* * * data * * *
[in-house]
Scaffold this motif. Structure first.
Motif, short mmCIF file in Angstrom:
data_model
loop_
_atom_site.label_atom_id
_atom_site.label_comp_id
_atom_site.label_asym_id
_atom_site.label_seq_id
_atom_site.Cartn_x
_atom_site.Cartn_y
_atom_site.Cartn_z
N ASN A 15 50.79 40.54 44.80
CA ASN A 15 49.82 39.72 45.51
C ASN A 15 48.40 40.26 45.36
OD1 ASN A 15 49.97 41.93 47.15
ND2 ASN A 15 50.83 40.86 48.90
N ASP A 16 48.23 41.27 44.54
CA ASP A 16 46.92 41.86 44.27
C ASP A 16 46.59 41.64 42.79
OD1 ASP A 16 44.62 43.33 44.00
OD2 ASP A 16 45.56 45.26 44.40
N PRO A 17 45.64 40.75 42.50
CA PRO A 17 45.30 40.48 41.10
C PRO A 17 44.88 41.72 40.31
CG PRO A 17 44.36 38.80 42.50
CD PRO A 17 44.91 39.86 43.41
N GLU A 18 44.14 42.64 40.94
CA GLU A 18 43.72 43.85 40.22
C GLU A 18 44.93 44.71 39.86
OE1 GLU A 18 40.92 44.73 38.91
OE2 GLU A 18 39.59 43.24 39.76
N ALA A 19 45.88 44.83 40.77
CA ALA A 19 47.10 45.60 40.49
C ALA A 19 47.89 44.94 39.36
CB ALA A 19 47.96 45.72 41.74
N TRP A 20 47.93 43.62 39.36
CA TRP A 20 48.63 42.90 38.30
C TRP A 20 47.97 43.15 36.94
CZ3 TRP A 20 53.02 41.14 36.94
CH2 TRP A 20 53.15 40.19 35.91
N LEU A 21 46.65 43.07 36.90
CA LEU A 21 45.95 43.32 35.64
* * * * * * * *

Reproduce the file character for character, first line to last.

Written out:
[in-house]
Scaffold this motif. Structure first.
Motif, short mmCIF file in Angstrom:
data_model
loop_
_atom_site.label_atom_id
_atom_site.label_comp_id
_atom_site.label_asym_id
_atom_site.label_seq_id
_atom_site.Cartn_x
_atom_site.Cartn_y
_atom_site.Cartn_z
N ASN A 15 50.79 40.54 44.80
CA ASN A 15 49.82 39.72 45.51
C ASN A 15 48.40 40.26 45.36
OD1 ASN A 15 49.97 41.93 47.15
ND2 ASN A 15 50.83 40.86 48.90
N ASP A 16 48.23 41.27 44.54
CA ASP A 16 46.92 41.86 44.27
C ASP A 16 46.59 41.64 42.79
OD1 ASP A 16 44.62 43.33 44.00
OD2 ASP A 16 45.56 45.26 44.40
N PRO A 17 45.64 40.75 42.50
CA PRO A 17 45.30 40.48 41.10
C PRO A 17 44.88 41.72 40.31
CG PRO A 17 44.36 38.80 42.50
CD PRO A 17 44.91 39.86 43.41
N GLU A 18 44.14 42.64 40.94
CA GLU A 18 43.72 43.85 40.22
C GLU A 18 44.93 44.71 39.86
OE1 GLU A 18 40.92 44.73 38.91
OE2 GLU A 18 39.59 43.24 39.76
N ALA A 19 45.88 44.83 40.77
CA ALA A 19 47.10 45.60 40.49
C ALA A 19 47.89 44.94 39.36
CB ALA A 19 47.96 45.72 41.74
N TRP A 20 47.93 43.62 39.36
CA TRP A 20 48.63 42.90 38.30
C TRP A 20 47.97 43.15 36.94
CZ3 TRP A 20 53.02 41.14 36.94
CH2 TRP A 20 53.15 40.19 35.91
N LEU A 21 46.65 43.07 36.90
CA LEU A 21 45.95 43.32 35.64